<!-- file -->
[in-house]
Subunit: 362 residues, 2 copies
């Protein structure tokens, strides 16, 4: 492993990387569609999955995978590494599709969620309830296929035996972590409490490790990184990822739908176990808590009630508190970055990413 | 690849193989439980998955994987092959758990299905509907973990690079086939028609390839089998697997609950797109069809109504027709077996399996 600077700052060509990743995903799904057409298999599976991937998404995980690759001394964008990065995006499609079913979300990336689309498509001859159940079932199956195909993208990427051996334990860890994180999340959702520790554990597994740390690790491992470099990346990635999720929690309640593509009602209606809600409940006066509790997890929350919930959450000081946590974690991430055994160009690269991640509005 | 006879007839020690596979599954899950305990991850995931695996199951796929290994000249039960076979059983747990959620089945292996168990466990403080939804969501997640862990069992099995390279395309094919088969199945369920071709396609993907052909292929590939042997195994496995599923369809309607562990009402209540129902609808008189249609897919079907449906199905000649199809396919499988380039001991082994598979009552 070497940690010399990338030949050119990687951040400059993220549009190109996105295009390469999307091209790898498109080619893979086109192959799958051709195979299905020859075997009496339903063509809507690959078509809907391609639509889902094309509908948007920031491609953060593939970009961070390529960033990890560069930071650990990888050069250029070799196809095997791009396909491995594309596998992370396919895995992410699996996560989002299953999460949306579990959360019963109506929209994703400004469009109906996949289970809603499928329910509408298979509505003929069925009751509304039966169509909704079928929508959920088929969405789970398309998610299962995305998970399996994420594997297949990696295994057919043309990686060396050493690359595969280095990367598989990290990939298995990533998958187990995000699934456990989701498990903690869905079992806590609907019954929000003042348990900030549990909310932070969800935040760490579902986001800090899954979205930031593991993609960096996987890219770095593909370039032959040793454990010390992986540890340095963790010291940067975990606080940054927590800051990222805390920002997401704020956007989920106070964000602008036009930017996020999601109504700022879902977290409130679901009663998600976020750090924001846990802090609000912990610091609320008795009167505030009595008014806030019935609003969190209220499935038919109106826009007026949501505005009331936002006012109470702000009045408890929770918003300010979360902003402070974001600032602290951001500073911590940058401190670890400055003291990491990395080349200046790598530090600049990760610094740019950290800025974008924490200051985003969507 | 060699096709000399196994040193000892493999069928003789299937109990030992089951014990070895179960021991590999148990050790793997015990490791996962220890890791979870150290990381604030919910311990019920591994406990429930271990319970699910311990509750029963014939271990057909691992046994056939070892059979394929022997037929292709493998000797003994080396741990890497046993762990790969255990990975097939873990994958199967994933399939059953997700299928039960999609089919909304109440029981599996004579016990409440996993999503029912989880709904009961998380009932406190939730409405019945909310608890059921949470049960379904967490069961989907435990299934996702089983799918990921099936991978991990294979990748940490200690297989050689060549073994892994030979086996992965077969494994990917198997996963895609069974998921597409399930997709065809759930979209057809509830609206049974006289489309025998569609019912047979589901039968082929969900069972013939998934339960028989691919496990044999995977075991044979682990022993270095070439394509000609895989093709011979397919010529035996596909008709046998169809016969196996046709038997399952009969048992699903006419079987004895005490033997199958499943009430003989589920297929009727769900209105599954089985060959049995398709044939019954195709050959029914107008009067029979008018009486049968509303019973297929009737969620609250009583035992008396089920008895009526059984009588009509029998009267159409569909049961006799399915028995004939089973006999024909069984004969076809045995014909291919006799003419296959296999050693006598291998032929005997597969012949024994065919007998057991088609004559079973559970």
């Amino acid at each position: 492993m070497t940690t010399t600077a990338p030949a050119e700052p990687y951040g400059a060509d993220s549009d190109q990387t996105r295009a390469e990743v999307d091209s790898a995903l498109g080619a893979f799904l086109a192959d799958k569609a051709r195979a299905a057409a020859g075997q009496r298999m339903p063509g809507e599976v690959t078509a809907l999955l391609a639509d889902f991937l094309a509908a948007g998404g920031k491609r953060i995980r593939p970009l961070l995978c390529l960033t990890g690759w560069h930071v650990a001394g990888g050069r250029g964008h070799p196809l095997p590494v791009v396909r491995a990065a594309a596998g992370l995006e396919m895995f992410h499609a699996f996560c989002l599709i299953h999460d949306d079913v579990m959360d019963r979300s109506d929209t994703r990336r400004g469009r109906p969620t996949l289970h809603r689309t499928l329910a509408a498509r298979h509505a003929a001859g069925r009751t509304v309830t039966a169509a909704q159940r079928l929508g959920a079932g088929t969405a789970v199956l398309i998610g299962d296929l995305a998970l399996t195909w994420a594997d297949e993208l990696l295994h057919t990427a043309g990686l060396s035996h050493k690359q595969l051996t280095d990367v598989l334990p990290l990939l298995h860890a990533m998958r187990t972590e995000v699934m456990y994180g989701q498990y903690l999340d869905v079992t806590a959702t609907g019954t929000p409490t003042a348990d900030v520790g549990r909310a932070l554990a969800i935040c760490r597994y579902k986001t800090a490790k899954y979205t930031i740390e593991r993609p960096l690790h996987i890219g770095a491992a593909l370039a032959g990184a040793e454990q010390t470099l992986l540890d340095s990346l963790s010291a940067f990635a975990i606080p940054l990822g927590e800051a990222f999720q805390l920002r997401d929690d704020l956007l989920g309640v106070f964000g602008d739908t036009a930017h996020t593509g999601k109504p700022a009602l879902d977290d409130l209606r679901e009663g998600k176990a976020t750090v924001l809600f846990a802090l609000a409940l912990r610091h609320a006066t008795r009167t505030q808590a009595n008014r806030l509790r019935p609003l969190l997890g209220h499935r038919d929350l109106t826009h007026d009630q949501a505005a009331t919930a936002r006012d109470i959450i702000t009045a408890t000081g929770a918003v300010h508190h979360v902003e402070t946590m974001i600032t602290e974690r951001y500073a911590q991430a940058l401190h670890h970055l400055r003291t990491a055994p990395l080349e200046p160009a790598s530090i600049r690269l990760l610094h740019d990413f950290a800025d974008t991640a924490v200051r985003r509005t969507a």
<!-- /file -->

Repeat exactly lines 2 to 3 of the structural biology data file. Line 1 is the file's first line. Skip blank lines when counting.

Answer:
Subunit: 362 residues, 2 copies
């Protein structure tokens, strides 16, 4: 492993990387569609999955995978590494599709969620309830296929035996972590409490490790990184990822739908176990808590009630508190970055990413 | 690849193989439980998955994987092959758990299905509907973990690079086939028609390839089998697997609950797109069809109504027709077996399996 600077700052060509990743995903799904057409298999599976991937998404995980690759001394964008990065995006499609079913979300990336689309498509001859159940079932199956195909993208990427051996334990860890994180999340959702520790554990597994740390690790491992470099990346990635999720929690309640593509009602209606809600409940006066509790997890929350919930959450000081946590974690991430055994160009690269991640509005 | 006879007839020690596979599954899950305990991850995931695996199951796929290994000249039960076979059983747990959620089945292996168990466990403080939804969501997640862990069992099995390279395309094919088969199945369920071709396609993907052909292929590939042997195994496995599923369809309607562990009402209540129902609808008189249609897919079907449906199905000649199809396919499988380039001991082994598979009552 070497940690010399990338030949050119990687951040400059993220549009190109996105295009390469999307091209790898498109080619893979086109192959799958051709195979299905020859075997009496339903063509809507690959078509809907391609639509889902094309509908948007920031491609953060593939970009961070390529960033990890560069930071650990990888050069250029070799196809095997791009396909491995594309596998992370396919895995992410699996996560989002299953999460949306579990959360019963109506929209994703400004469009109906996949289970809603499928329910509408298979509505003929069925009751509304039966169509909704079928929508959920088929969405789970398309998610299962995305998970399996994420594997297949990696295994057919043309990686060396050493690359595969280095990367598989990290990939298995990533998958187990995000699934456990989701498990903690869905079992806590609907019954929000003042348990900030549990909310932070969800935040760490579902986001800090899954979205930031593991993609960096996987890219770095593909370039032959040793454990010390992986540890340095963790010291940067975990606080940054927590800051990222805390920002997401704020956007989920106070964000602008036009930017996020999601109504700022879902977290409130679901009663998600976020750090924001846990802090609000912990610091609320008795009167505030009595008014806030019935609003969190209220499935038919109106826009007026949501505005009331936002006012109470702000009045408890929770918003300010979360902003402070974001600032602290951001500073911590940058401190670890400055003291990491990395080349200046790598530090600049990760610094740019950290800025974008924490200051985003969507 | 060699096709000399196994040193000892493999069928003789299937109990030992089951014990070895179960021991590999148990050790793997015990490791996962220890890791979870150290990381604030919910311990019920591994406990429930271990319970699910311990509750029963014939271990057909691992046994056939070892059979394929022997037929292709493998000797003994080396741990890497046993762990790969255990990975097939873990994958199967994933399939059953997700299928039960999609089919909304109440029981599996004579016990409440996993999503029912989880709904009961998380009932406190939730409405019945909310608890059921949470049960379904967490069961989907435990299934996702089983799918990921099936991978991990294979990748940490200690297989050689060549073994892994030979086996992965077969494994990917198997996963895609069974998921597409399930997709065809759930979209057809509830609206049974006289489309025998569609019912047979589901039968082929969900069972013939998934339960028989691919496990044999995977075991044979682990022993270095070439394509000609895989093709011979397919010529035996596909008709046998169809016969196996046709038997399952009969048992699903006419079987004895005490033997199958499943009430003989589920297929009727769900209105599954089985060959049995398709044939019954195709050959029914107008009067029979008018009486049968509303019973297929009737969620609250009583035992008396089920008895009526059984009588009509029998009267159409569909049961006799399915028995004939089973006999024909069984004969076809045995014909291919006799003419296959296999050693006598291998032929005997597969012949024994065919007998057991088609004559079973559970």